tools for budget planning

Four Ways to Manage Your Budget

By Larry Chester
Budgeting , Internal Controls , Management , Month End Close , Reporting and Metrics 0 comment 1

You worked hard to create your budget for 2018.  Do you use it as a tool to help guide your business during the year?  It’s your view about how your business was going to do this year.  If everything goes according to plan, you will reach your goal.

But business isn’t stagnant.  It doesn’t stay the same month after month.  Your customers face similar challenges, and as their businesses change, yours will too.  So, if you are going to actively manage your business, actively managing your budget should be part of it.

Here are four approaches to managing your budget:

  1. Track variances – You projected this year’s results, and you’ll wait till December to see if you made it. Each month, you use a spreadsheet to compare your actual results to your budget.
  2. Update with your monthly results – Each month is different than the plan you created. You can’t change the past.  So, you update your year-end expectations by replacing this month’s budget number with the actual results for the month just ended.  This way at the end of January, your budget shows 1 month of actual, and 11 months of budget.  As each month passes, your budget becomes an indication year-end results with the YTD actual folded in.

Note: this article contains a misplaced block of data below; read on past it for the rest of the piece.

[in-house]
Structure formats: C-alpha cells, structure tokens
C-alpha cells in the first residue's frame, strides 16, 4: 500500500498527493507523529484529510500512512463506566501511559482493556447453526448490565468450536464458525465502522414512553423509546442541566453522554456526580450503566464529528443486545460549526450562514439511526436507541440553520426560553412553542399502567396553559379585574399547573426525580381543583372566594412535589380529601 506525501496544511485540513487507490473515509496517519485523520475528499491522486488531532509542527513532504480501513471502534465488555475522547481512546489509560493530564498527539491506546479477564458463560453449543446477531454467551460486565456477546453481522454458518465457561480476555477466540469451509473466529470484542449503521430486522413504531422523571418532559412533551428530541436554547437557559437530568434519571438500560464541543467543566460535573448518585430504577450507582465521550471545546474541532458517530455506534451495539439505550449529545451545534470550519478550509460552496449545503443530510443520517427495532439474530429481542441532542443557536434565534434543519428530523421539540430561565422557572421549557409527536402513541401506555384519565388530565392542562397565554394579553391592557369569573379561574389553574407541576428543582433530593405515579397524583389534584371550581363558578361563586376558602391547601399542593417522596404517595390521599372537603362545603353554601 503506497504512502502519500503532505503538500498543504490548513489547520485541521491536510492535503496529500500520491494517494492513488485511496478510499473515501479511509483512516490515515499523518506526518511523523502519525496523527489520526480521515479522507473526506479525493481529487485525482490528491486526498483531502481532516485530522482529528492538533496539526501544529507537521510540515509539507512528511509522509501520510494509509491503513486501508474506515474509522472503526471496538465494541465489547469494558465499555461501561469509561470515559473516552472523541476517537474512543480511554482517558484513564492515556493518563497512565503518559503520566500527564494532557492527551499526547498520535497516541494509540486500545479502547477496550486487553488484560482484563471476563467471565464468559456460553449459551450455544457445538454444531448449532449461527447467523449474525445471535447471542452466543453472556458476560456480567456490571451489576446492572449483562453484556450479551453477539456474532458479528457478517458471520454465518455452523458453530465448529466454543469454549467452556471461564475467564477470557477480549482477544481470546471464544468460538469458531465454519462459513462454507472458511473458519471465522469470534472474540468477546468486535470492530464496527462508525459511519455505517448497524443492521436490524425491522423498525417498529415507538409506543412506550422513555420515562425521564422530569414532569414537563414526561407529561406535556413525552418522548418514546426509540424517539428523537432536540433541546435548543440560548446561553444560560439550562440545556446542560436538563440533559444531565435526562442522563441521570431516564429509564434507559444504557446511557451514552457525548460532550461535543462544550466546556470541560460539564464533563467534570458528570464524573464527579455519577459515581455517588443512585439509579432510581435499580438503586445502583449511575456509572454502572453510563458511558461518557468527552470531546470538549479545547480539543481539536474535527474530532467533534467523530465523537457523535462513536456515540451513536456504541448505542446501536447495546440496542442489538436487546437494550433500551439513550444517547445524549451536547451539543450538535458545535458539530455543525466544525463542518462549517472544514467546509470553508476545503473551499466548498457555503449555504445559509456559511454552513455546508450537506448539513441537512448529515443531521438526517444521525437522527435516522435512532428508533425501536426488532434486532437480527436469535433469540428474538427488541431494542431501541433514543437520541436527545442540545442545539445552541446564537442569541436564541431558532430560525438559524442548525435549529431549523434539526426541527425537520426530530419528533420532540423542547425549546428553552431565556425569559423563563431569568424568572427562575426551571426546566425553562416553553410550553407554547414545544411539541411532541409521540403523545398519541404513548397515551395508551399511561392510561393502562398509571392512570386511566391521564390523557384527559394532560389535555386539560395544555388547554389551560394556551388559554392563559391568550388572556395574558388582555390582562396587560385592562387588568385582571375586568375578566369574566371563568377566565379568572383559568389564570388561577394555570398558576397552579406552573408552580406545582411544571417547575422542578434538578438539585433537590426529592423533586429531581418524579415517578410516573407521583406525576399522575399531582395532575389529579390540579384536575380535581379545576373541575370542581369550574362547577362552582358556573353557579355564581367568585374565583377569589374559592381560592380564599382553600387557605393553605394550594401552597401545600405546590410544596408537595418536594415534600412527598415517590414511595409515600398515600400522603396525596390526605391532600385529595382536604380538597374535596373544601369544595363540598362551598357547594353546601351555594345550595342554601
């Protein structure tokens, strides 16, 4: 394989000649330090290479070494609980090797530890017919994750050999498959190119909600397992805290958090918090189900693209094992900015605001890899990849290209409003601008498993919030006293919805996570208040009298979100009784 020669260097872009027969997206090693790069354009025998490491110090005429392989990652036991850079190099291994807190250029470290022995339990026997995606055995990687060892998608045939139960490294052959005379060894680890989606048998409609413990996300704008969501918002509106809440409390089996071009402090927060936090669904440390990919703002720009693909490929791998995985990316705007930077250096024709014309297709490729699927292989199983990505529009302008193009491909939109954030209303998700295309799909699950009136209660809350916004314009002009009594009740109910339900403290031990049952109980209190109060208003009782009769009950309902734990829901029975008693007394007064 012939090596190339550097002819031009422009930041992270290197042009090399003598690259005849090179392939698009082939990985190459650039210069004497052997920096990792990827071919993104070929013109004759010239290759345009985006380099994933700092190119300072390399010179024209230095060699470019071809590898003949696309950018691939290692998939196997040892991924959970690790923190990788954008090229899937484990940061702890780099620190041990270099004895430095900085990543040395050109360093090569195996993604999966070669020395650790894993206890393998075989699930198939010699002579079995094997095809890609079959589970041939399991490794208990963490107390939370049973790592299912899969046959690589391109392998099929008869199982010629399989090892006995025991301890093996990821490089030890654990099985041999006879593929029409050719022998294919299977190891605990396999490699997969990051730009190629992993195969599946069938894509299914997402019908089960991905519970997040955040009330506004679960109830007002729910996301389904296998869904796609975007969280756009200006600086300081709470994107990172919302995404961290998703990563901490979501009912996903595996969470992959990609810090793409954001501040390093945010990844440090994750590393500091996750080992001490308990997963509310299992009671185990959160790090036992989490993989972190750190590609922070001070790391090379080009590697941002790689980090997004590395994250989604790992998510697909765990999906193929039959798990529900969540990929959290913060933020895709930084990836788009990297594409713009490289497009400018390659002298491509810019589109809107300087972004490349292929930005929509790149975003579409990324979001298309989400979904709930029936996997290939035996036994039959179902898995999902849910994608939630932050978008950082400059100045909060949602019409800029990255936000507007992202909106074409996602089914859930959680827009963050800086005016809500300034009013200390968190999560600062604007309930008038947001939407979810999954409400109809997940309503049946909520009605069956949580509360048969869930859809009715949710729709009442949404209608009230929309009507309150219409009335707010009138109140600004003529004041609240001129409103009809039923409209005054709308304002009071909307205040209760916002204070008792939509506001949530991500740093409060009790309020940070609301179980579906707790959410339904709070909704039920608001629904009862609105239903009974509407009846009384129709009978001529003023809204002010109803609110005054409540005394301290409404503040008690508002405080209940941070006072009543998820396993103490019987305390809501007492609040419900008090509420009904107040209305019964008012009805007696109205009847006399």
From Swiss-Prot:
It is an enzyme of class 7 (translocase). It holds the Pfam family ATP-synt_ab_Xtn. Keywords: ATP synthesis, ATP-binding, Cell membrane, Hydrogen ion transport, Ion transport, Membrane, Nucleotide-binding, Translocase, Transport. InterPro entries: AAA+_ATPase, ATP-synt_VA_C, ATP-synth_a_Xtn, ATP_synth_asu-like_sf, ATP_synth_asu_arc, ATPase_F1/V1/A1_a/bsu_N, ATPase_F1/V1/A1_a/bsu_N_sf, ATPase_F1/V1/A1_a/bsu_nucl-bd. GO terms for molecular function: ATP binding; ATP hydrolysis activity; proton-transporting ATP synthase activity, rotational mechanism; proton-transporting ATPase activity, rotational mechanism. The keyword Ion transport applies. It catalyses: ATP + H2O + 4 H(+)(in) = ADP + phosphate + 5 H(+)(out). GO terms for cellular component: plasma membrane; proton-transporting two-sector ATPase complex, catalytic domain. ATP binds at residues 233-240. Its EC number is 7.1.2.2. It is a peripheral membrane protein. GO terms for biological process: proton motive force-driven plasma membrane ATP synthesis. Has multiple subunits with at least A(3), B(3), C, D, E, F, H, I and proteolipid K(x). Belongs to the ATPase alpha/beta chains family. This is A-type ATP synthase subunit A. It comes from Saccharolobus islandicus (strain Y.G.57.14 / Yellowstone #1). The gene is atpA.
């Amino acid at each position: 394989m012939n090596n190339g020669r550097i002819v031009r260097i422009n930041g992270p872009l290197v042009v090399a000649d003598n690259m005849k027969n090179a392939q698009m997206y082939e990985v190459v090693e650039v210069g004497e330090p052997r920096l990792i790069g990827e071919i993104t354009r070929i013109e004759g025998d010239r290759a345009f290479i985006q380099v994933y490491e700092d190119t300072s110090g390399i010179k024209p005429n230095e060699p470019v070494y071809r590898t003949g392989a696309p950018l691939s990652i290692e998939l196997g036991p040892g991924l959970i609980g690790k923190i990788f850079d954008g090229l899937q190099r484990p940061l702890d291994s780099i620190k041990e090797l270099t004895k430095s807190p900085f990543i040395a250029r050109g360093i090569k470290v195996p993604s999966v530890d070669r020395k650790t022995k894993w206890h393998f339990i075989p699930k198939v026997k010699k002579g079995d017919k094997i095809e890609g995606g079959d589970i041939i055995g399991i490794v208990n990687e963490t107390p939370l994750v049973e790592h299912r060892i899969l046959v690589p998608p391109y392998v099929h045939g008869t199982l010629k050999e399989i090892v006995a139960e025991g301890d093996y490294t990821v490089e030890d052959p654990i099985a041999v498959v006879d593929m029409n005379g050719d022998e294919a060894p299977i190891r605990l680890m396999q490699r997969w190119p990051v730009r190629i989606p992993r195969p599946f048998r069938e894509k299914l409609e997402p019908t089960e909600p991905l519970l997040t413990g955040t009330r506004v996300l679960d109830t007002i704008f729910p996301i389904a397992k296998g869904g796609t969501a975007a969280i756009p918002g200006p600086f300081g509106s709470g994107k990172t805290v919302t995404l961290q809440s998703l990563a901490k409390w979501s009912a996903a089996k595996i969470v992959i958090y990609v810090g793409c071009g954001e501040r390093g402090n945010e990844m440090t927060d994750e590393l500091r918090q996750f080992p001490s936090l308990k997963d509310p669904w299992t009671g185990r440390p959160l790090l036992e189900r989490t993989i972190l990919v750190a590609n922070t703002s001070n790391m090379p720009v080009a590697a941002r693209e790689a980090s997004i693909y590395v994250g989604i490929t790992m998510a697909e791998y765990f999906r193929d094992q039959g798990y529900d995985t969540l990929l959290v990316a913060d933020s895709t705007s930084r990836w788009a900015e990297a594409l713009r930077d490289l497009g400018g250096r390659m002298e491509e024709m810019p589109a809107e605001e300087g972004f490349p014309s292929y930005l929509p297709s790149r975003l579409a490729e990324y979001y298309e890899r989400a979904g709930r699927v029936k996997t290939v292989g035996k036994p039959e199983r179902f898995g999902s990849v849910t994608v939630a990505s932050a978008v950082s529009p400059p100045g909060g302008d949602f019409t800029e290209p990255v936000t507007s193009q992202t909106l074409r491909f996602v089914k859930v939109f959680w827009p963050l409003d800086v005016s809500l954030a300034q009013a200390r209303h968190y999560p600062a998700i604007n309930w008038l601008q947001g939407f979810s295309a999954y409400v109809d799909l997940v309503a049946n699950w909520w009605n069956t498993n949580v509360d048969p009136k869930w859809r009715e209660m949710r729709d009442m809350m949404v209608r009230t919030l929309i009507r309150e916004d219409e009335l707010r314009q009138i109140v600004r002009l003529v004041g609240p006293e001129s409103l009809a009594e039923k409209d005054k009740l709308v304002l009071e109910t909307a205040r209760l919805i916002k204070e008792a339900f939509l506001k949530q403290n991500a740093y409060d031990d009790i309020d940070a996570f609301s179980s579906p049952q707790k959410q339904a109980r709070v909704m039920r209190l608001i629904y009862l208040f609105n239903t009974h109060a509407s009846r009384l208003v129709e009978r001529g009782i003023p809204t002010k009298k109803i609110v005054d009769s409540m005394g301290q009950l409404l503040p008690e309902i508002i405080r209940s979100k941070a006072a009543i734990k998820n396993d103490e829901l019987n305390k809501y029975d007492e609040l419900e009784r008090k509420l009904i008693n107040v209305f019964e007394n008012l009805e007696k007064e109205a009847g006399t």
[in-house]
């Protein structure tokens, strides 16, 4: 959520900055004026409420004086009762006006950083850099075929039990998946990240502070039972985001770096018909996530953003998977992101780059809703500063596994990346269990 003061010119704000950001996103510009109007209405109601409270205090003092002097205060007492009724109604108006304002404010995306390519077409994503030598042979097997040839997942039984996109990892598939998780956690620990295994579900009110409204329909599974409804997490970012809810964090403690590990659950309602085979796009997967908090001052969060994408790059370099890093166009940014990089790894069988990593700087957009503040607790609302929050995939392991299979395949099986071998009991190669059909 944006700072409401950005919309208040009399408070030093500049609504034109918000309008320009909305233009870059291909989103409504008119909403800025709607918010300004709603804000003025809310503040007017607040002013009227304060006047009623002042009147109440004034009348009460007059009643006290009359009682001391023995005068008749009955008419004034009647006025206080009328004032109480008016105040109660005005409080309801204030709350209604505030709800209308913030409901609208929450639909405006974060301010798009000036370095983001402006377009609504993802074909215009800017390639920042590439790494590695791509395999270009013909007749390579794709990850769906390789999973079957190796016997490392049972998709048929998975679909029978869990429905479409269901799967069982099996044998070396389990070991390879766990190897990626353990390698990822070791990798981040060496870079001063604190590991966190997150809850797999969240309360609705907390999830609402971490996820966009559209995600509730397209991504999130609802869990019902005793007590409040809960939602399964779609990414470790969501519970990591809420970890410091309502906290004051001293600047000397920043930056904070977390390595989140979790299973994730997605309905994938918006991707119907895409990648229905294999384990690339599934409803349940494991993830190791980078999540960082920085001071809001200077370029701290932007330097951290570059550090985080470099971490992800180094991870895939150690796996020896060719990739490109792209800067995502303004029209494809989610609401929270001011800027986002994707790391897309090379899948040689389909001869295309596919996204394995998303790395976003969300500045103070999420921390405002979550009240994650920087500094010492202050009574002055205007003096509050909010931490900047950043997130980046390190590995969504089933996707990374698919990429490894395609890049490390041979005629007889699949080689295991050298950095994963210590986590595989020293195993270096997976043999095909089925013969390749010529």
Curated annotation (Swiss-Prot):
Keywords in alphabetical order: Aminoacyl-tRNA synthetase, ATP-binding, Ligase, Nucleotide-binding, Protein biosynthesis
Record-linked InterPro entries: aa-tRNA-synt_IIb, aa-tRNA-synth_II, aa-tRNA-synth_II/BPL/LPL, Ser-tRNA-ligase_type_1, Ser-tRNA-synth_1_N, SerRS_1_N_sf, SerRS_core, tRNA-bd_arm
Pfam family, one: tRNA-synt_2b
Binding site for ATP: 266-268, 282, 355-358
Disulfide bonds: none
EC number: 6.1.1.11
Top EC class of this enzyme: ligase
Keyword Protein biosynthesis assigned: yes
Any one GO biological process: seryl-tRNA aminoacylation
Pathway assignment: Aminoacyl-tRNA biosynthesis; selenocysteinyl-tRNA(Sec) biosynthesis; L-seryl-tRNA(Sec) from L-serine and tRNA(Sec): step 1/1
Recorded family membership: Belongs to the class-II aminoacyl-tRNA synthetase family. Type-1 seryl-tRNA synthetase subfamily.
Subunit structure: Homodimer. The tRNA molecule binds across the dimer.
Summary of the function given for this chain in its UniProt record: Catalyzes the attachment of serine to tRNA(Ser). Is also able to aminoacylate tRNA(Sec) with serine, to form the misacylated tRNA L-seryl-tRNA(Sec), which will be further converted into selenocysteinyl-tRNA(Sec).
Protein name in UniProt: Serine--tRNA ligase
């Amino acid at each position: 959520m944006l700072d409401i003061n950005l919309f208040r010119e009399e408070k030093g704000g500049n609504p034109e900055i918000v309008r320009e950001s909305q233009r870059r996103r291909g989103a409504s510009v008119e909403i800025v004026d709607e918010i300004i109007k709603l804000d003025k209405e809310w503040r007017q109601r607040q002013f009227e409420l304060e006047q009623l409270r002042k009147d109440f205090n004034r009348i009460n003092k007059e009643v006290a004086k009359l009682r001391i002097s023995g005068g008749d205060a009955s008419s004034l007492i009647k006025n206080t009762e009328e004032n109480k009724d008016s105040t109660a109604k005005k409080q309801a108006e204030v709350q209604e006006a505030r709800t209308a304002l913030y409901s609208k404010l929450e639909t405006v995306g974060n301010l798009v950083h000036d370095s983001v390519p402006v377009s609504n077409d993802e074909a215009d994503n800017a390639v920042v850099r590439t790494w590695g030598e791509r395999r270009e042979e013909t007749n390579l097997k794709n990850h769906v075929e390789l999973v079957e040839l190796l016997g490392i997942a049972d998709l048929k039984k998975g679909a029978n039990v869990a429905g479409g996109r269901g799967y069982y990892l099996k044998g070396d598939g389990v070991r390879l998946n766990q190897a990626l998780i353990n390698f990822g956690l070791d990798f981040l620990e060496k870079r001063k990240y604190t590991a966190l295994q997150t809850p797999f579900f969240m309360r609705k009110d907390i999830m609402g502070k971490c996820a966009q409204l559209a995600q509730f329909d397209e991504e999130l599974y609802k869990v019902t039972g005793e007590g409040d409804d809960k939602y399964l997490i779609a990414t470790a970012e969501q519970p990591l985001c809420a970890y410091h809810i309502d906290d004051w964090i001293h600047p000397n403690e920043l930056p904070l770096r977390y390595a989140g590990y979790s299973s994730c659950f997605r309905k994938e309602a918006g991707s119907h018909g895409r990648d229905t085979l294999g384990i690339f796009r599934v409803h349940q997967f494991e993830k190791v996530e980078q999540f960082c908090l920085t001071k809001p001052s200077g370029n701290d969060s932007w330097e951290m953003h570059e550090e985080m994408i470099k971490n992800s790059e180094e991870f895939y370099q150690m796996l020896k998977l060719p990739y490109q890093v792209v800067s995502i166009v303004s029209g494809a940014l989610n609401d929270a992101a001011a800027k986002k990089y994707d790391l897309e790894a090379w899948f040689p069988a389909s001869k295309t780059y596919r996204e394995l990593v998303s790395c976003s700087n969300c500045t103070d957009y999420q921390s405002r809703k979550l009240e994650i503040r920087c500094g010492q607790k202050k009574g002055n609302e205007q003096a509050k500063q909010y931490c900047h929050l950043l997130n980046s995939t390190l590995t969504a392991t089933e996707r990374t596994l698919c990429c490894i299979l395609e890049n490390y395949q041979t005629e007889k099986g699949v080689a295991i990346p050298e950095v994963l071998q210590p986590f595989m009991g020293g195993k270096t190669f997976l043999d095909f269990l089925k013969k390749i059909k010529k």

3. Adjust your budget as business changes – Your business is affected by changes in the business climate. As customer orders go up or down, as your suppliers change the way they sell to you, you update your budget for how those changes will affect your year end results.  This way, your basic plan is still in place, but has been updated for how the business climate affects you.
  4. Aggressively revise your forecasts – Your budget isn’t a yearly activity. It’s a tool to regularly drive your business forward.  As plans for your business change, you modify your budget to more accurately project your yearend.  New customers, product launches, pricing changes all affect the outcome.  This way, your budget always reflects your current view of your business, and your yearend.

There is no right way to manage your budget.  The issue is really one of how you use it.  Is it a benchmark that you measure your business against, or is it a tool that you actively use to manage your business and plan for the year?  Either way, if you need help to make it a more useful tool to help grow your business, we’re happy to talk about it.

Larry Chester

Larry Chester

Founder and President of CFO Simplified, LLC.which he started in 2007.
Larry Chester

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